Monday, September 1, 2008

Obama with my Mama

On Labor Day, presidential candidate Barack Obama came to Hart Plaza in Detroit and my mother and I decided to go see him. His speech was slated to begin at 11 AM and seating began at 8:30. We left our house, about 45 minutes from Detroit, in the vain hope that there would be room in Hart Plaza for us when we got there.

It turns out that Obama is kind of popular.

When we arrived on the perimeter of Hart Plaza, around 9AM, the police told us if we wanted to see Obama we'd have to go stand in the line.

The Detroit Free Press today reports that there were 20,000 people in Hart Plaza and another 10,000 on Jefferson on the plaza's perimeter.

I don't know if you're familiar with lines of 20,000 people, but they're pretty long. This one stretched four city blocks, turned a corner and snaked around another 2 blocks then turned in and around itself heading back the direction in which it had come.

We wondered if there was any chance of getting from the end of that line into Hart Plaza or if we should stay where we were near a giant viewing screen erected on Jefferson. We had a couple of hours and decided to take our chance in the line.

(That's me in the line) It was an orderly line. No one was pushing or shoving. People were resigned and curious. They'd make it to the front or they wouldn't. The Obama campaign had asked people not to bring signs or banners, but there were plenty of sales people with Obama badges and t-shirts pacing up and down along the crowd. Oh, and there were these guys.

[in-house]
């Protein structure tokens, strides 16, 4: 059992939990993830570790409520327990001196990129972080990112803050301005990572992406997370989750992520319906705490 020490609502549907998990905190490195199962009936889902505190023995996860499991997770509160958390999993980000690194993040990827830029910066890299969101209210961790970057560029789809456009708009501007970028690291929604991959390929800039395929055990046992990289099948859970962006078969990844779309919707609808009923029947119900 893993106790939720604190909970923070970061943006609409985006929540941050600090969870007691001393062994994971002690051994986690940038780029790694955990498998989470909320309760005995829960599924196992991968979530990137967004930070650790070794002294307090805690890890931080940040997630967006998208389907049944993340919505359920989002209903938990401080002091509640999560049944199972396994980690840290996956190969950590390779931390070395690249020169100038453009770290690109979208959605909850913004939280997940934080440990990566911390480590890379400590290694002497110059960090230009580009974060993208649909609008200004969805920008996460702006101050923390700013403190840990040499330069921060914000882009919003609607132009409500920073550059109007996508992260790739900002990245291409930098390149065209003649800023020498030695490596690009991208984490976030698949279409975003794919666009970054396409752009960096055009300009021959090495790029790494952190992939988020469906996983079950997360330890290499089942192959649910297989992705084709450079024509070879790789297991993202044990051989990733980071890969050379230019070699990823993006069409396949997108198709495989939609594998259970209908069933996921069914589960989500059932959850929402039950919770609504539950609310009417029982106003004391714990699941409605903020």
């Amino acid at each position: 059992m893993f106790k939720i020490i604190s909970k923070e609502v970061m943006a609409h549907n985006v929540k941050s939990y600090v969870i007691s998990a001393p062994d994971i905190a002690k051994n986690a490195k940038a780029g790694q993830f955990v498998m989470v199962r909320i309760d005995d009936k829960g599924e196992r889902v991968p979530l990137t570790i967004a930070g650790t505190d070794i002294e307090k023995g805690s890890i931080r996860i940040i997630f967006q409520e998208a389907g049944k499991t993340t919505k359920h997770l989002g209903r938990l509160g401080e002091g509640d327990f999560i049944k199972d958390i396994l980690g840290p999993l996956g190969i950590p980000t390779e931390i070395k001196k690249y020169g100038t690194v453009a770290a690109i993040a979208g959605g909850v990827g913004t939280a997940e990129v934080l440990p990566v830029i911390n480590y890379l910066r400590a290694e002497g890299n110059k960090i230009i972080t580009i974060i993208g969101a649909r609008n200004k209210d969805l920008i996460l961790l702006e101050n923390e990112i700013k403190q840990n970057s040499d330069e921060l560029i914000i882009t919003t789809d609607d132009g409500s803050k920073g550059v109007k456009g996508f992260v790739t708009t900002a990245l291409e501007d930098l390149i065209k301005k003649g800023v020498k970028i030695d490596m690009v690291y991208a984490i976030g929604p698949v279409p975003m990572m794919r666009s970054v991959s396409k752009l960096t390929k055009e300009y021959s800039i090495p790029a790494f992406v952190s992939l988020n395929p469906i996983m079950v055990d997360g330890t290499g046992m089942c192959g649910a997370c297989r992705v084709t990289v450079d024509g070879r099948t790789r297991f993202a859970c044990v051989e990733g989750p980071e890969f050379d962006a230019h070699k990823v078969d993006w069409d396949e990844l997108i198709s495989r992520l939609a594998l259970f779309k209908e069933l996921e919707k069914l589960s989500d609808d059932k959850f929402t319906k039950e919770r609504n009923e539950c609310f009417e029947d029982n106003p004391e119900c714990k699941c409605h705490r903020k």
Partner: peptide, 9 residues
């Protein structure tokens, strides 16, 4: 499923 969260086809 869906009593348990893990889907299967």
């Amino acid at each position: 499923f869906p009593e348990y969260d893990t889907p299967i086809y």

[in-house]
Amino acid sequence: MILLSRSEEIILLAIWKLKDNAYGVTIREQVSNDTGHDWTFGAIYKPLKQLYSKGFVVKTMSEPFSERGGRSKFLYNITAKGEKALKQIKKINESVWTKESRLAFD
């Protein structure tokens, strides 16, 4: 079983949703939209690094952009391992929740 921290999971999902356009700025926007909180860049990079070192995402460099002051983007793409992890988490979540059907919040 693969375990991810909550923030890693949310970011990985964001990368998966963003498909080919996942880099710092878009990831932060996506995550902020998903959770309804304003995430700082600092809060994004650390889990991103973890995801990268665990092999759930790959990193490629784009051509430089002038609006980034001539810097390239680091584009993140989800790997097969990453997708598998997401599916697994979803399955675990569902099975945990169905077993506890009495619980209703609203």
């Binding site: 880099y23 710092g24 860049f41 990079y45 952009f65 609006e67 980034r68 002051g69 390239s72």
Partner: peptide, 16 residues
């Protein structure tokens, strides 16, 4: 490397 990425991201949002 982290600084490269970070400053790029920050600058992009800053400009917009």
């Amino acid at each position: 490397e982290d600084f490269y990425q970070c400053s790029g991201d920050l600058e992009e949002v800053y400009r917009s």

The tall buildings of downtown Detroit shielded us from the rays of the sun and the 86 degree heat for most of our journey. We doubted there was much chance that we'd end up in Hart Plaza, but we did have some gratification seeing the line stretch out longer and longer behind us as we wound back around our old path. The members of the crowd were collectively photographing the each other. If they wouldn't get to see Obama at least they could record that they saw a lot of other people.

As 11 AM approached we had finally gotten to the end of the line in perfect time to find ourselves... right back at the video screen where we had started.

These guys had made it too.

The disorganized, but not unruly, throng gazed hopefully at the blackened video screen. Since we'd been told not to bring beverages, a few people were lying on the ground swooning in the heat. We heard a buzz of folks wondering if this video screen was actually going to show anything at all. One woman called a friend inside Hart Plaza to ask if Obama was in there speaking already. Meanwhile, we were trying to guess if the 6'4" guy in front of us was going to lean to the left or the right so we could position ourselves for the best view.

Finally at around 11:15 the screen came to life. At first there was no sound, but then the speakers began to cackle and a loud cheer erupted from the audience and after our long journey we finally caught our first glimpse of... this lady.

I have no idea who she is, and neither did anyone else, but for some reason the camera person decided not to focus on the introductory speaker, or even on the sign language interpreter (on the far left) but on the woman in the blue dress.

The enthusiastic crowd of Obama supporters was overcome with emotion and began to chant in unison: "Move-the-camera! Move-the-camera!"

And then came a change we could believe in. A new focus... for the camera. Just in time to avoid an outright mutiny, it was the candidate himself!

And yes, he looked just like he does on TV.

As for the speech itself. I leave that reporting up to the Detroit Free Press:

Obama said he planned to give a speech extolling organized labor, but said, “There is a time to argue politics and there’s a time to come together as Americans.”

Obama then asked the crowd of more than 10,000 to donate to the Red Cross, as Hurricane Gustav bore down on Louisiana, Mississippi and Alabama.

He said showing solidarity with those who are evacuated or facing displacement shows the spirit of togetherness that his campaign has sought to inspire.

He then called for a brief, silent prayer, and ended an appearance that lasted less than 10 minutes.

Yes We Can - Barack Obama & WIll-I-Am